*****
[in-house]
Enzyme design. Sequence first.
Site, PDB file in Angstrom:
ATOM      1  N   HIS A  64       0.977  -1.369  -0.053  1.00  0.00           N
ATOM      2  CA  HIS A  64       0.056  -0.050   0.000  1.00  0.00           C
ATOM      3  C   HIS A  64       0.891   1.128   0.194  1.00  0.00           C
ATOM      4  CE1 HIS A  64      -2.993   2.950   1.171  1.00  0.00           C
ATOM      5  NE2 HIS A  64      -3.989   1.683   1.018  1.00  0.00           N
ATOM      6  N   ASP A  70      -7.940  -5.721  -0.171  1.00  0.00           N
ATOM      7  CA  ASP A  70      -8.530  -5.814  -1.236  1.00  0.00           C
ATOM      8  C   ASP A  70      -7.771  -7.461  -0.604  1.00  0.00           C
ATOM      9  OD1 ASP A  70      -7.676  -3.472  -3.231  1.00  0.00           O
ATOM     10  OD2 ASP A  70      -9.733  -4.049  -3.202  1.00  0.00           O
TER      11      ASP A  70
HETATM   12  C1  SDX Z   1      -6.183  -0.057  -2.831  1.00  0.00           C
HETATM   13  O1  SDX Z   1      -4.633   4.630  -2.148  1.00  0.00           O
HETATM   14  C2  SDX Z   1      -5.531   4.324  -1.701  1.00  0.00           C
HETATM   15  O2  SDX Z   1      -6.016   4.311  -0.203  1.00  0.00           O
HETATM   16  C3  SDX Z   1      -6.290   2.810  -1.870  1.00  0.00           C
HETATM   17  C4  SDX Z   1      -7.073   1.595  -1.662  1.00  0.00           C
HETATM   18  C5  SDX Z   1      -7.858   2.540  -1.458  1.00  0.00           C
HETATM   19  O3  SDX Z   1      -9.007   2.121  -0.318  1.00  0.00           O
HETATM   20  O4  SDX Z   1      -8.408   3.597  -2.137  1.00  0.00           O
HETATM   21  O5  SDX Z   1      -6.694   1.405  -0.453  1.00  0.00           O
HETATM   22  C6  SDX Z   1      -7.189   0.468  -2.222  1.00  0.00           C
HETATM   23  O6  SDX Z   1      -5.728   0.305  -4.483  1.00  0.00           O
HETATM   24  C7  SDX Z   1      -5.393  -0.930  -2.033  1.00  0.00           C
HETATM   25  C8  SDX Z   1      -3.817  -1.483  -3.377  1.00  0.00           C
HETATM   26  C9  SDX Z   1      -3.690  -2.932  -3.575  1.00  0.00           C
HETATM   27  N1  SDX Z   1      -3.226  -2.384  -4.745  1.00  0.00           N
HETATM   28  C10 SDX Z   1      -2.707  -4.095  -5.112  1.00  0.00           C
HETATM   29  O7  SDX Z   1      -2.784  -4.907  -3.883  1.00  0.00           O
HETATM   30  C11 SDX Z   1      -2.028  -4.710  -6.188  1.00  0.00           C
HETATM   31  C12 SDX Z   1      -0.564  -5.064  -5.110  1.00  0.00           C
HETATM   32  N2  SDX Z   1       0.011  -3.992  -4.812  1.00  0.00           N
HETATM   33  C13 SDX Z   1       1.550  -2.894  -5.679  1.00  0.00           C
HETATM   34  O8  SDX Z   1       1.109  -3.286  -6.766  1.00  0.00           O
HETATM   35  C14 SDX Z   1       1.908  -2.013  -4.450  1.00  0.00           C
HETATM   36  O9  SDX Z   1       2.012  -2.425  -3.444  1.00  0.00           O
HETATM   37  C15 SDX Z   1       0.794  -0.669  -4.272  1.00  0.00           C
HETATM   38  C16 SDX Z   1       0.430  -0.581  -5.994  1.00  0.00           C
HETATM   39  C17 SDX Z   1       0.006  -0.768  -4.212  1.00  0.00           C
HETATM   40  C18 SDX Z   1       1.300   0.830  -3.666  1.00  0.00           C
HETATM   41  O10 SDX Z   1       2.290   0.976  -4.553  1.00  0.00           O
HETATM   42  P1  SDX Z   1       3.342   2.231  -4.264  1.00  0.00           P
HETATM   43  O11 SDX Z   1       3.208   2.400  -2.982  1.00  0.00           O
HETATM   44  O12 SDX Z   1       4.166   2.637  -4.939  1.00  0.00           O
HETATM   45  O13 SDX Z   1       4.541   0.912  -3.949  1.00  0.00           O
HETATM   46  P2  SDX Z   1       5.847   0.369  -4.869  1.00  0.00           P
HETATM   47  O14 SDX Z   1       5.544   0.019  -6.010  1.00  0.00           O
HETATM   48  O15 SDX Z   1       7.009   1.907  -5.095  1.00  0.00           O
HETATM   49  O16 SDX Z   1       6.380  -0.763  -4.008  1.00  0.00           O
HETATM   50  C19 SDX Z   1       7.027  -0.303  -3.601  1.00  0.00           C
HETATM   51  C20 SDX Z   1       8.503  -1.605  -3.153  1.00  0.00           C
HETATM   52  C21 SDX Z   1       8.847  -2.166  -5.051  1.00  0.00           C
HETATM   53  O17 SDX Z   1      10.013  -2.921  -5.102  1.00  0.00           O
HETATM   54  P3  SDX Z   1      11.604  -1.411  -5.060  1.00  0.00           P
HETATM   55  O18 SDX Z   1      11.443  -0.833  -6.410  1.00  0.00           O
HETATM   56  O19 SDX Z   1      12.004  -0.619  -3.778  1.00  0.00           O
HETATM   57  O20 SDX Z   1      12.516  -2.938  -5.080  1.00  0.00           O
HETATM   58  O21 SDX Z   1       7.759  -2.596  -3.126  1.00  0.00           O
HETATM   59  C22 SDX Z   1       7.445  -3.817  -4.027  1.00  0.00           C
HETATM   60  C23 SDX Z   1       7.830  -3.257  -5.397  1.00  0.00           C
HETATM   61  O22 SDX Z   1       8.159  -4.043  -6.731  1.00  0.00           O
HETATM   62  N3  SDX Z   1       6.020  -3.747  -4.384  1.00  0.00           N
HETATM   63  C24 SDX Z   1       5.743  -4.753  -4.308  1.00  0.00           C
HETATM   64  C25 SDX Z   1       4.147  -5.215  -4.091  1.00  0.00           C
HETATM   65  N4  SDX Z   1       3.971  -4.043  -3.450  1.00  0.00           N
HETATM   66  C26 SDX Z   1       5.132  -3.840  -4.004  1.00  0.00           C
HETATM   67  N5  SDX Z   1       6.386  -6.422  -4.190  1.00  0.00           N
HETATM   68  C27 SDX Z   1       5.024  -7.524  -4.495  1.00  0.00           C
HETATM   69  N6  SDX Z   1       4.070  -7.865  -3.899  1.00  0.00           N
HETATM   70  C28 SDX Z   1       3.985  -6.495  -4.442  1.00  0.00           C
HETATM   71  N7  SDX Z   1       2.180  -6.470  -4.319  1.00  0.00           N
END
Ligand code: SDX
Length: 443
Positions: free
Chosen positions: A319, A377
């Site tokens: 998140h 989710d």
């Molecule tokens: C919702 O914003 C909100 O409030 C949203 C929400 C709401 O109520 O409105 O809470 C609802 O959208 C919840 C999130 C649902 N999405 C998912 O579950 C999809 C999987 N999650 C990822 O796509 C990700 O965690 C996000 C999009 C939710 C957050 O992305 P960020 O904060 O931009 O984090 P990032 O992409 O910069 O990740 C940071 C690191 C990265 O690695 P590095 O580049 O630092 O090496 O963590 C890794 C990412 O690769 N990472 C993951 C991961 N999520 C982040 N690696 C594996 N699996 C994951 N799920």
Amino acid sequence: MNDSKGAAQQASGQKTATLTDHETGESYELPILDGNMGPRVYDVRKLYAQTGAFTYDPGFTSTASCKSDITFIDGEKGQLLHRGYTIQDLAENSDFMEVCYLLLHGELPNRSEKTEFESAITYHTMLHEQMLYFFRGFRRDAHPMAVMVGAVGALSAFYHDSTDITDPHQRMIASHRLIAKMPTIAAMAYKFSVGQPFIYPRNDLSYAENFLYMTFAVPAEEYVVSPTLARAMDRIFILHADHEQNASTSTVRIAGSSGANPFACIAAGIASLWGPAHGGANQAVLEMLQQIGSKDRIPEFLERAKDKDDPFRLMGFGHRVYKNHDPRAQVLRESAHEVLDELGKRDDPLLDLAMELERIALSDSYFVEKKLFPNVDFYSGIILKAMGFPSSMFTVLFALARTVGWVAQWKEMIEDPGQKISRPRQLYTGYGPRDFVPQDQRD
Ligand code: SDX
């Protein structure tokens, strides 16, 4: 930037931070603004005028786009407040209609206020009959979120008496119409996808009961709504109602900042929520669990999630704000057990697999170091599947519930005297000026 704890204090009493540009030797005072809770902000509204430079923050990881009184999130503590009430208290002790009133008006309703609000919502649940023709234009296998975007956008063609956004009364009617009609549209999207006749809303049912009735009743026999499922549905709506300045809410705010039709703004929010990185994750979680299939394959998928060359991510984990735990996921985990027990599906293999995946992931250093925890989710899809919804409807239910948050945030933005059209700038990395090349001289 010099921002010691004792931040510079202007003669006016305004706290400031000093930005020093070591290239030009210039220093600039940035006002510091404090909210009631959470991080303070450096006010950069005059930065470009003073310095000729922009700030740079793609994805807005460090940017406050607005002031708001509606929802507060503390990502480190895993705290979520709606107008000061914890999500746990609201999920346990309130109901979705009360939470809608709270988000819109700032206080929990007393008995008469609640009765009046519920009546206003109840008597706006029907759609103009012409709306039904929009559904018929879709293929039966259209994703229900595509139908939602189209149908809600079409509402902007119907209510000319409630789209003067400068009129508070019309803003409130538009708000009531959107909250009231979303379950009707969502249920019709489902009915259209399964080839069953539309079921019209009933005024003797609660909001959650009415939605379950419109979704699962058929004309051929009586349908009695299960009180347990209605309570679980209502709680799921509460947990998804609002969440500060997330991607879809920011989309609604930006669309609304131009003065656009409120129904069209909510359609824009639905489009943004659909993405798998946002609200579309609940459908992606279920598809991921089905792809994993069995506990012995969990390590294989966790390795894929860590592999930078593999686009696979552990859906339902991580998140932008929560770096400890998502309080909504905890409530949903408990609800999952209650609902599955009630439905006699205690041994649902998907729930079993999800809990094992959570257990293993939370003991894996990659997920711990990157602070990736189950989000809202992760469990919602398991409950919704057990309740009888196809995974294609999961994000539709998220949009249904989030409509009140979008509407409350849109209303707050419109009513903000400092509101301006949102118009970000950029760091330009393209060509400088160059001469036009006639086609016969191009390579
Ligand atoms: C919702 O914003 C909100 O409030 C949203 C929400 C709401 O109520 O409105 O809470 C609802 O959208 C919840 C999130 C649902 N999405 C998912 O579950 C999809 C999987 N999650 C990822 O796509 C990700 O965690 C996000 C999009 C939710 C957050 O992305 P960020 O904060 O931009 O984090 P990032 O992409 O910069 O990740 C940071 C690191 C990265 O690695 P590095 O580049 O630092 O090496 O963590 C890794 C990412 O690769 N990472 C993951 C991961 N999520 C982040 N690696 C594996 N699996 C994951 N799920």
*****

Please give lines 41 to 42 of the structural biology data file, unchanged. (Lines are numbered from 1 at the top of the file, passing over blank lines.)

HETATM   38  C16 SDX Z   1       0.430  -0.581  -5.994  1.00  0.00           C
HETATM   39  C17 SDX Z   1       0.006  -0.768  -4.212  1.00  0.00           C